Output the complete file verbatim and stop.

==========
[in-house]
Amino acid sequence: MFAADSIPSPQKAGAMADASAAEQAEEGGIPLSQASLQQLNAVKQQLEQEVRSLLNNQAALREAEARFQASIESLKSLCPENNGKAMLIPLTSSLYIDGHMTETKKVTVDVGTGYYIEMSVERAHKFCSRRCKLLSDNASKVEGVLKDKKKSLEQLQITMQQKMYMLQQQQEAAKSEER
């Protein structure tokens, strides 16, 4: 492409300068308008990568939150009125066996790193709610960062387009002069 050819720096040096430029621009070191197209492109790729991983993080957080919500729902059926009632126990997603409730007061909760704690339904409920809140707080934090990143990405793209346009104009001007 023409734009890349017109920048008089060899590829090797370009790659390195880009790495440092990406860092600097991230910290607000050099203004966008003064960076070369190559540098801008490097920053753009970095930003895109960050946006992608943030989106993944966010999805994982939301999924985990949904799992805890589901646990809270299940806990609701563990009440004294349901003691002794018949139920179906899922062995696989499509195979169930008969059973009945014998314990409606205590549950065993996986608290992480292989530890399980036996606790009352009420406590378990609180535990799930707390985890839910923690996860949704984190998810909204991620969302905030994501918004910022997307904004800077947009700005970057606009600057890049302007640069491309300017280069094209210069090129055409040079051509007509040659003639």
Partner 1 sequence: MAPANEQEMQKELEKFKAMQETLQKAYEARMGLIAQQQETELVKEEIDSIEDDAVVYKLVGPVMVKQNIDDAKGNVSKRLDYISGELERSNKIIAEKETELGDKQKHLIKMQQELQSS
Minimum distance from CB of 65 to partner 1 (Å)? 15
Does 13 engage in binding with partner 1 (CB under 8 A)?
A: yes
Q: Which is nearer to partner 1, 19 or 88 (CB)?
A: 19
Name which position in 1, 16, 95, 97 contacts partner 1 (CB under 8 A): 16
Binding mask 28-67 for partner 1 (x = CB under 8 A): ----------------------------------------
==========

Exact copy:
[in-house]
Amino acid sequence: MFAADSIPSPQKAGAMADASAAEQAEEGGIPLSQASLQQLNAVKQQLEQEVRSLLNNQAALREAEARFQASIESLKSLCPENNGKAMLIPLTSSLYIDGHMTETKKVTVDVGTGYYIEMSVERAHKFCSRRCKLLSDNASKVEGVLKDKKKSLEQLQITMQQKMYMLQQQQEAAKSEER
């Protein structure tokens, strides 16, 4: 492409300068308008990568939150009125066996790193709610960062387009002069 050819720096040096430029621009070191197209492109790729991983993080957080919500729902059926009632126990997603409730007061909760704690339904409920809140707080934090990143990405793209346009104009001007 023409734009890349017109920048008089060899590829090797370009790659390195880009790495440092990406860092600097991230910290607000050099203004966008003064960076070369190559540098801008490097920053753009970095930003895109960050946006992608943030989106993944966010999805994982939301999924985990949904799992805890589901646990809270299940806990609701563990009440004294349901003691002794018949139920179906899922062995696989499509195979169930008969059973009945014998314990409606205590549950065993996986608290992480292989530890399980036996606790009352009420406590378990609180535990799930707390985890839910923690996860949704984190998810909204991620969302905030994501918004910022997307904004800077947009700005970057606009600057890049302007640069491309300017280069094209210069090129055409040079051509007509040659003639």
Partner 1 sequence: MAPANEQEMQKELEKFKAMQETLQKAYEARMGLIAQQQETELVKEEIDSIEDDAVVYKLVGPVMVKQNIDDAKGNVSKRLDYISGELERSNKIIAEKETELGDKQKHLIKMQQELQSS
Minimum distance from CB of 65 to partner 1 (Å)? 15
Does 13 engage in binding with partner 1 (CB under 8 A)?
A: yes
Q: Which is nearer to partner 1, 19 or 88 (CB)?
A: 19
Name which position in 1, 16, 95, 97 contacts partner 1 (CB under 8 A): 16
Binding mask 28-67 for partner 1 (x = CB under 8 A): ----------------------------------------